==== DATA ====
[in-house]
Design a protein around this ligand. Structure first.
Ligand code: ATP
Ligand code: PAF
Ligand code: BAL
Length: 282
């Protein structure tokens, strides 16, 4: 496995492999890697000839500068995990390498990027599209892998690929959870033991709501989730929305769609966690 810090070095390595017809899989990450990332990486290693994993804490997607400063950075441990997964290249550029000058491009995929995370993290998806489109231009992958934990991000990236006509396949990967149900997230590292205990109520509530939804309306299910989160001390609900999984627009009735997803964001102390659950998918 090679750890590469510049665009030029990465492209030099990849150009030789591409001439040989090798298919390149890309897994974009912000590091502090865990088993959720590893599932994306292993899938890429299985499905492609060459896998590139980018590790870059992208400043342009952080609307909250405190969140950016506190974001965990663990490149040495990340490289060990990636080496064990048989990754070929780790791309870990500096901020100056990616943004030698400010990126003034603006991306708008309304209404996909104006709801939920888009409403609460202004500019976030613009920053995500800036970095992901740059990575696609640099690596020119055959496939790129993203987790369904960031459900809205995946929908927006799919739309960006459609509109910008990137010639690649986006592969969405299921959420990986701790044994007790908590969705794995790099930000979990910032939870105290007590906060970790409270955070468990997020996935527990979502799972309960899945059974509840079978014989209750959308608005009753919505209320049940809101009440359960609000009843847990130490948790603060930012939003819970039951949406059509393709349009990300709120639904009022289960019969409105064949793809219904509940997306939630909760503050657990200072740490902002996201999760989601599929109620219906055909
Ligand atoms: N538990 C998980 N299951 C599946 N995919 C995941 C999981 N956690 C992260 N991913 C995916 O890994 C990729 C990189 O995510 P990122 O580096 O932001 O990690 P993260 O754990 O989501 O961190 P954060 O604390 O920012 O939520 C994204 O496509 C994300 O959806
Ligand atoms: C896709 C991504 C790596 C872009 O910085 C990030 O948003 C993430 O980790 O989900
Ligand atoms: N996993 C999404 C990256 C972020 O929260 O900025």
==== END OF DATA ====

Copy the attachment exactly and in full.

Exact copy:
[in-house]
Design a protein around this ligand. Structure first.
Ligand code: ATP
Ligand code: PAF
Ligand code: BAL
Length: 282
């Protein structure tokens, strides 16, 4: 496995492999890697000839500068995990390498990027599209892998690929959870033991709501989730929305769609966690 810090070095390595017809899989990450990332990486290693994993804490997607400063950075441990997964290249550029000058491009995929995370993290998806489109231009992958934990991000990236006509396949990967149900997230590292205990109520509530939804309306299910989160001390609900999984627009009735997803964001102390659950998918 090679750890590469510049665009030029990465492209030099990849150009030789591409001439040989090798298919390149890309897994974009912000590091502090865990088993959720590893599932994306292993899938890429299985499905492609060459896998590139980018590790870059992208400043342009952080609307909250405190969140950016506190974001965990663990490149040495990340490289060990990636080496064990048989990754070929780790791309870990500096901020100056990616943004030698400010990126003034603006991306708008309304209404996909104006709801939920888009409403609460202004500019976030613009920053995500800036970095992901740059990575696609640099690596020119055959496939790129993203987790369904960031459900809205995946929908927006799919739309960006459609509109910008990137010639690649986006592969969405299921959420990986701790044994007790908590969705794995790099930000979990910032939870105290007590906060970790409270955070468990997020996935527990979502799972309960899945059974509840079978014989209750959308608005009753919505209320049940809101009440359960609000009843847990130490948790603060930012939003819970039951949406059509393709349009990300709120639904009022289960019969409105064949793809219904509940997306939630909760503050657990200072740490902002996201999760989601599929109620219906055909
Ligand atoms: N538990 C998980 N299951 C599946 N995919 C995941 C999981 N956690 C992260 N991913 C995916 O890994 C990729 C990189 O995510 P990122 O580096 O932001 O990690 P993260 O754990 O989501 O961190 P954060 O604390 O920012 O939520 C994204 O496509 C994300 O959806
Ligand atoms: C896709 C991504 C790596 C872009 O910085 C990030 O948003 C993430 O980790 O989900
Ligand atoms: N996993 C999404 C990256 C972020 O929260 O900025």